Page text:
It is also more economical. A World Bank evaluation found in 1996 that water conservation measures saved more water than the largest new dam in Pakistan’s investment program could have stored, and at one–fifth the cost.16 The Asian Development Bank estimates that an additional 4.7 million acre–feet of water could be provided either by conservation measures at a cost of $1.7 billion, or by a new dam with a price tag of $4.5 billion.17
Decentralized and nonstructural solutions to Pakistan’s water crisis also exist. The Indus Valley has huge groundwater reservoirs, which could store many times as much water as all future dams. Recharging these reservoirs would require more sustainable flood management practices which allow the Indus to overflow its banks temporarily rather than confine it within massive embankments.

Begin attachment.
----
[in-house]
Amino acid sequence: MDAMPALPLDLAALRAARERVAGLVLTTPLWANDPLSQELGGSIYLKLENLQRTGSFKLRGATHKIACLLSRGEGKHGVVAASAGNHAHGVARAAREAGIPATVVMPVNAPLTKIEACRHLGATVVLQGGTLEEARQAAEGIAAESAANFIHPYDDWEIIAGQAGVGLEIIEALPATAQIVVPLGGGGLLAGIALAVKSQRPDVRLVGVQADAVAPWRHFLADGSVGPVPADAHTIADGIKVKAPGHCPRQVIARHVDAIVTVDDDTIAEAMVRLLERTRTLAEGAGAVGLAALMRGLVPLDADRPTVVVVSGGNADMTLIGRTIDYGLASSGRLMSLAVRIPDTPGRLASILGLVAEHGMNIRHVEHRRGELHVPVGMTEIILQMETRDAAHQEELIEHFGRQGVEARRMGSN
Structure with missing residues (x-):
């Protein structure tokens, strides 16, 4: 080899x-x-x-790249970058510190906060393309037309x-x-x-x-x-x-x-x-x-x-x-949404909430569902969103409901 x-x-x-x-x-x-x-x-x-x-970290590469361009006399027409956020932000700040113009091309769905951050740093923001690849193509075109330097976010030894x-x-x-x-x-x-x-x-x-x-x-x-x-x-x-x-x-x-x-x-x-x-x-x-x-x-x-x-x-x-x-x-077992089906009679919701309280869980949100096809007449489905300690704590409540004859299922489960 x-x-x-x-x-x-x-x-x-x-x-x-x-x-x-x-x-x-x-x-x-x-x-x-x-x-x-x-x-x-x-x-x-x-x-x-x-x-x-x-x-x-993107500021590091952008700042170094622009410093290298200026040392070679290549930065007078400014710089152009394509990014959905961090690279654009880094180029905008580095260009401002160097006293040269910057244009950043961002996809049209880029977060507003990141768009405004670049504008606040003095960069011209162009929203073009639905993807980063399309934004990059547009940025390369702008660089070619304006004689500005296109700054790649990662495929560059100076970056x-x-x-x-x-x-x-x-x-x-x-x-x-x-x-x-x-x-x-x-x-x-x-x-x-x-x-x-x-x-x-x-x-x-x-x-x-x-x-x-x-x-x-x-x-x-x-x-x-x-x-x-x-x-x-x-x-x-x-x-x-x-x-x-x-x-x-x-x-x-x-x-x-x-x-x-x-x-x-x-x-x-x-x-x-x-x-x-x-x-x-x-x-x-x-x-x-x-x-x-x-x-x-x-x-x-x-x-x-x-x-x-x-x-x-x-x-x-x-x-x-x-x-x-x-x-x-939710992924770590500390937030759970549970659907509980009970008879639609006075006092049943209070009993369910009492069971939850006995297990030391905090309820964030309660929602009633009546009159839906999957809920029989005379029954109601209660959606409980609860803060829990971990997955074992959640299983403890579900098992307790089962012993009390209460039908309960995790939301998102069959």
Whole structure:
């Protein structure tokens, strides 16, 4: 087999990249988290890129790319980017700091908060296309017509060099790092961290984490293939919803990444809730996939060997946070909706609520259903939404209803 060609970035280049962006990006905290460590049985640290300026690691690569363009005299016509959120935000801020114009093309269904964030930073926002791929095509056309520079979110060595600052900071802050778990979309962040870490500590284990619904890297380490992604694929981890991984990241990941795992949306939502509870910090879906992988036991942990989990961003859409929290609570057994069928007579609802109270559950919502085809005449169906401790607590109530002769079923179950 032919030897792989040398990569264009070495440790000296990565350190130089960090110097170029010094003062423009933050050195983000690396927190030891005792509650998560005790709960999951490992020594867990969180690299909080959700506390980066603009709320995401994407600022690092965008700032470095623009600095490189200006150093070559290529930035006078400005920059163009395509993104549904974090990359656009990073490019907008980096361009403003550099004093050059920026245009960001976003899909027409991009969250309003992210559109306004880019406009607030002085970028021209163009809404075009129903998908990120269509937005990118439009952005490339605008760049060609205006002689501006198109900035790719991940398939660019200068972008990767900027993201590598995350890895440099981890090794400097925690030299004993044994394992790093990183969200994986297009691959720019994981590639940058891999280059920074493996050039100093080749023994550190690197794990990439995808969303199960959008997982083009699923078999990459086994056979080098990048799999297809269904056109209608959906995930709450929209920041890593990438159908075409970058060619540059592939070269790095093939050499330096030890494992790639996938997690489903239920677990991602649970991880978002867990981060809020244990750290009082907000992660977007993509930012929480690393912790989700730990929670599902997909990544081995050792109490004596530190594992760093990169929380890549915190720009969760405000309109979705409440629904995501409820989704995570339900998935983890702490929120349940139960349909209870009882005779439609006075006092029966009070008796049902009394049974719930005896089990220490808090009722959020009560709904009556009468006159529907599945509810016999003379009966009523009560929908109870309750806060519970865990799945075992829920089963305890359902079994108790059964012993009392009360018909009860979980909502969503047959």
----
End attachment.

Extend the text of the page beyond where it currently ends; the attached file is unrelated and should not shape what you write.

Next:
Farmers still irrigate thousands of square kilometers of land through traditional techniques outside the modern canal system, and without support from the government or World Bank. Rainwater harvesting and simple, affordable treadle pumps provide a steady supply of water to farmers, without the added costs of bribes for water officials or diesel pumps. Drip irrigation kits apply water directly to the roots rather than the furrows, and use only half as much irrigation water in the process. An innovative way of planting rice without standing water (called the System of Rice Intensification) allows rice – a particularly thirsty crop – to be grown using only half the amount of water while boosting harvests. Such soft approaches have been adopted with good success around the world, and are being introduced in Pakistan. Shifting control over water resources from bureaucrats and absentee landlords to poor farmers would ensure a more economic use of water, reduce poverty, fight corruption, and protect the environment at the same time.